Recovery of a Type 304 Stainless Steel Piping System Contaminated with Chlorides
One inch diam Type 304 stainless steel piping was designed to carry containment atmosphere samples to an analyzer to monitor hydrogen and oxygen levels during operational and the design basis accident conditions that are postulated to occur in a boiling water reactor. Only one of six lines in the system had thru-wall cracks. Shallow incipient cracks were detected at the lowest elevations of one other line. The balance of the system had no signs of SCC attack. Chlorides and corrosion deposits in varying amounts were found throughout the system. The failure mechanism was transgranular, chloride, stress-corrosion cracking. Replacement decisions were based on the presence of SCC attack or heavy corrosion deposits indicative of extended exposure time to chloride-contaminated water. The existing uncracked pipe, about 75 percent of the piping in the system, was retained despite the presence of low level surface chlorides. Controls were implemented to insure that temperatures are kept below 150 deg F, or, walls of the pipe are moisture-free or the cumulative wetted period will never exceed 30 h.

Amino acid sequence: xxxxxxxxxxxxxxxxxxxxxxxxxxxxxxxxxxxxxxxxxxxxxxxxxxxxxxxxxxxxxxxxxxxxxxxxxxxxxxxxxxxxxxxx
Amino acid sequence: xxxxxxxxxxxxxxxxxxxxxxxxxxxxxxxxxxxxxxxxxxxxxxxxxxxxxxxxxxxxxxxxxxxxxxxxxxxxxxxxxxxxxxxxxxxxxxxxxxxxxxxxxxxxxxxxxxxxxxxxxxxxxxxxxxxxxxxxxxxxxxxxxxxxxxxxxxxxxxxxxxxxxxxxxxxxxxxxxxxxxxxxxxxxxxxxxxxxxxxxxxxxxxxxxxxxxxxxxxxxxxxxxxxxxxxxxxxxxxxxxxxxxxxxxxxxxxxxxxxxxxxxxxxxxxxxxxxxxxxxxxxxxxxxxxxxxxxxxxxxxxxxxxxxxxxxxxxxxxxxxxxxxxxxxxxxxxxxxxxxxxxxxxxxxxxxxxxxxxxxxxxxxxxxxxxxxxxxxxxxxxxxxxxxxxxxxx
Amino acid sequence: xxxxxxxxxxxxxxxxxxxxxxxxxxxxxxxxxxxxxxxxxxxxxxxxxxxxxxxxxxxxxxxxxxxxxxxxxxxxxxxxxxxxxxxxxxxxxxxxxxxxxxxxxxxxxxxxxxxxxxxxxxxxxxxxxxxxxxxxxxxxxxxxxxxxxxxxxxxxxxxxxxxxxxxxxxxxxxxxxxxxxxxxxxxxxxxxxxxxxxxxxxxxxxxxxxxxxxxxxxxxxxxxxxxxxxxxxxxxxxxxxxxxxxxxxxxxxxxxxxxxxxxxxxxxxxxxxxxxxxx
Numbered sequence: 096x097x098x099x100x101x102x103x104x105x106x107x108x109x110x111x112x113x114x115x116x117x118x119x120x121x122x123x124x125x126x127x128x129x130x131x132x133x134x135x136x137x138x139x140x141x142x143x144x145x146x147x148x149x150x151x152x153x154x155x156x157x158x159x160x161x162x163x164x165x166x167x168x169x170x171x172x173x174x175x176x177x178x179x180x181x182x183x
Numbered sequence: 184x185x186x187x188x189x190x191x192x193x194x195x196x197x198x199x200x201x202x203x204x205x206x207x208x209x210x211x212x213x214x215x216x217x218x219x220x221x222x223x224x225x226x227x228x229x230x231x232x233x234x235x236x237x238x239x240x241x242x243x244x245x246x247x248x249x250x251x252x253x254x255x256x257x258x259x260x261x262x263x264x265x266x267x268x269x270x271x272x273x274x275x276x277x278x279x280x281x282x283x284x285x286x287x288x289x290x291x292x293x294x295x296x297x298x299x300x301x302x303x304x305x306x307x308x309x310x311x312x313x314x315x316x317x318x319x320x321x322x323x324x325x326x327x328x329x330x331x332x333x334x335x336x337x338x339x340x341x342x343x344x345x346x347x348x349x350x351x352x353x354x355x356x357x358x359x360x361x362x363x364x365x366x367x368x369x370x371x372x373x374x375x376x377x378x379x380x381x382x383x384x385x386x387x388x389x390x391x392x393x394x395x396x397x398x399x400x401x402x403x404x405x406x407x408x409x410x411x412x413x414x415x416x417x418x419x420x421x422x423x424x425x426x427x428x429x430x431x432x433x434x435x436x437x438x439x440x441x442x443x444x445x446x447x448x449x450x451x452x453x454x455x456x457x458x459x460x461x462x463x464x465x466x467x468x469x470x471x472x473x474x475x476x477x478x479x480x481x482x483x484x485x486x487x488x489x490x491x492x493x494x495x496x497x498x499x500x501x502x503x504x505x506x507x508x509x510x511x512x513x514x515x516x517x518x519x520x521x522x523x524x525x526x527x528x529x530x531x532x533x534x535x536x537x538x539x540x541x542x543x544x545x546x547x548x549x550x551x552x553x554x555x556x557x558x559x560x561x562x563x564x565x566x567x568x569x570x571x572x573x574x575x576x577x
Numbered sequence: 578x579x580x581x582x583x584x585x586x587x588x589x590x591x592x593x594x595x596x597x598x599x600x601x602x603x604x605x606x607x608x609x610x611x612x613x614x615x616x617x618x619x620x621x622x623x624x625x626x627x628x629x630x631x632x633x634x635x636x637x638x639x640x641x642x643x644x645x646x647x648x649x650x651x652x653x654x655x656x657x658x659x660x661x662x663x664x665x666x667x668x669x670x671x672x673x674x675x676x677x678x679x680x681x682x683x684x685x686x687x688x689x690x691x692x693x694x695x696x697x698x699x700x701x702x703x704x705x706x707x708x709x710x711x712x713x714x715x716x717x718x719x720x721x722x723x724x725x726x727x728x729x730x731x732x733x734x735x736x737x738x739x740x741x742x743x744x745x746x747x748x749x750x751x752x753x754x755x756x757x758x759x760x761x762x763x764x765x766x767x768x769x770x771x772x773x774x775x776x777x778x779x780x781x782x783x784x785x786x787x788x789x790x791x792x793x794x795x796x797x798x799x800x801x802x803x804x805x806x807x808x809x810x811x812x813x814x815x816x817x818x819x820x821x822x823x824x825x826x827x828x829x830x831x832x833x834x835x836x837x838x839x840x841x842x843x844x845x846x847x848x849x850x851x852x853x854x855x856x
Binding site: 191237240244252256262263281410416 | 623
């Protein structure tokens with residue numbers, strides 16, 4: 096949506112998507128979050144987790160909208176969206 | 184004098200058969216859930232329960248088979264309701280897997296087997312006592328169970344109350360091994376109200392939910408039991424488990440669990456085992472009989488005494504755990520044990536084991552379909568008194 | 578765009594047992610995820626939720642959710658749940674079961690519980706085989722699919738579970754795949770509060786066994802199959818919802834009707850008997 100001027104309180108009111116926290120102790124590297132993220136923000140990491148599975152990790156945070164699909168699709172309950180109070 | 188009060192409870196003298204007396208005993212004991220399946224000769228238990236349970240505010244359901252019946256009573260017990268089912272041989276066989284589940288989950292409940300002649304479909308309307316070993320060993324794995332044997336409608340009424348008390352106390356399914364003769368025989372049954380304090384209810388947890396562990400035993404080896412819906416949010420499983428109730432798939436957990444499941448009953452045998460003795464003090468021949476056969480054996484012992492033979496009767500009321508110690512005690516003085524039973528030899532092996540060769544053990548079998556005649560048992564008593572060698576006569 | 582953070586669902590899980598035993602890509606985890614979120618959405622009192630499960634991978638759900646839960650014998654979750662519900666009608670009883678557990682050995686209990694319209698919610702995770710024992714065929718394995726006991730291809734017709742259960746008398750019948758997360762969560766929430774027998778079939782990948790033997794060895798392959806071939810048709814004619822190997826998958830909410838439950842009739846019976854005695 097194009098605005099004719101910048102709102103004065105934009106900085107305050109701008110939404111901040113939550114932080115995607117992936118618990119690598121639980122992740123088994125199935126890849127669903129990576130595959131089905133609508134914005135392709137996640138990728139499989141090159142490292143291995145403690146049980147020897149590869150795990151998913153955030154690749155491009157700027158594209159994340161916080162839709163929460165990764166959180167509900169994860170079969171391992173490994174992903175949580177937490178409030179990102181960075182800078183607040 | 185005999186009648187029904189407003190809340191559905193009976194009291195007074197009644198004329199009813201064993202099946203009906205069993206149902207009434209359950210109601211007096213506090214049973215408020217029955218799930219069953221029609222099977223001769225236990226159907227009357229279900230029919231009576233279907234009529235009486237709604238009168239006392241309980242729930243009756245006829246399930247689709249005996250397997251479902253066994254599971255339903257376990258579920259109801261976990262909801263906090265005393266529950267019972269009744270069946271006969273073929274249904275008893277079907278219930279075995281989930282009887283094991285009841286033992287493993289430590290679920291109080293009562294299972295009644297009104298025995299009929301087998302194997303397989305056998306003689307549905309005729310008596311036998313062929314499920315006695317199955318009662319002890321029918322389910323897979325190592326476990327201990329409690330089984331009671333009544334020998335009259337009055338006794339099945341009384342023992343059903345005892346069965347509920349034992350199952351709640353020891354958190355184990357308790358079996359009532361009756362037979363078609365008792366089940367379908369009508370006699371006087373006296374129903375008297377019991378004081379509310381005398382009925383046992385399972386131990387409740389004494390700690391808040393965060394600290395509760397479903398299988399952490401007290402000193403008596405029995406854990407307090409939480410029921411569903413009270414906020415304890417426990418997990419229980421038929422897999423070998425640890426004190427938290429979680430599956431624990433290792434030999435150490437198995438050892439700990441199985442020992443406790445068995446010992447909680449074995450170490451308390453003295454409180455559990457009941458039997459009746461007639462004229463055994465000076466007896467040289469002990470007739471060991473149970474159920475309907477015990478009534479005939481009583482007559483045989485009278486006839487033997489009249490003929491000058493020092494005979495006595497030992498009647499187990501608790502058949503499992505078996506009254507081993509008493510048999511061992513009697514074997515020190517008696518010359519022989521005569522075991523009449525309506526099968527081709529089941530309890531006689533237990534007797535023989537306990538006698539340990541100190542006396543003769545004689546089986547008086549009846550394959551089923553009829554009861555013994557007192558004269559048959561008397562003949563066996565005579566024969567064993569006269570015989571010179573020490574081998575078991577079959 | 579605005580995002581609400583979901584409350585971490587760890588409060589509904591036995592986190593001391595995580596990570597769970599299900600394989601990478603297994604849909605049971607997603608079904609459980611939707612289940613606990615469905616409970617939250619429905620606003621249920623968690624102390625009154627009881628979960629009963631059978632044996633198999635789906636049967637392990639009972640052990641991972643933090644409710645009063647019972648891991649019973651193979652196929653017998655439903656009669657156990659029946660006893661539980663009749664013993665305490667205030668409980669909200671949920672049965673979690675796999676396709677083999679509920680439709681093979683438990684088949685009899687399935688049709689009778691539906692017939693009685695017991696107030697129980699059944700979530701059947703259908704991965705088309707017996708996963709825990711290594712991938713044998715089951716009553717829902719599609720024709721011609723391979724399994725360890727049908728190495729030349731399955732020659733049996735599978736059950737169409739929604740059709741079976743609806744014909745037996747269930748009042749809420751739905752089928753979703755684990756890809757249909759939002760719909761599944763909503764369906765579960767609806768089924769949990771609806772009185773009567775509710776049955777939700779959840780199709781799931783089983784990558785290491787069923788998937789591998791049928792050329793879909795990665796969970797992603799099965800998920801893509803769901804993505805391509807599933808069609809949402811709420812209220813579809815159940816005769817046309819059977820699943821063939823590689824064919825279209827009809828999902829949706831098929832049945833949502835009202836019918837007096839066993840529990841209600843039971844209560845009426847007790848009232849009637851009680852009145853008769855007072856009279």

A. A. Stein, V. Zilberstein, W. S. Clancy, G. J. Davis, Recovery of a Type 304 Stainless Steel Piping System Contaminated with Chlorides, ASM Failure Analysis Case Histories: Power Generating Equipment, ASM International, 2019, https://doi.org/10.31399/asm.fach.power.c9001559
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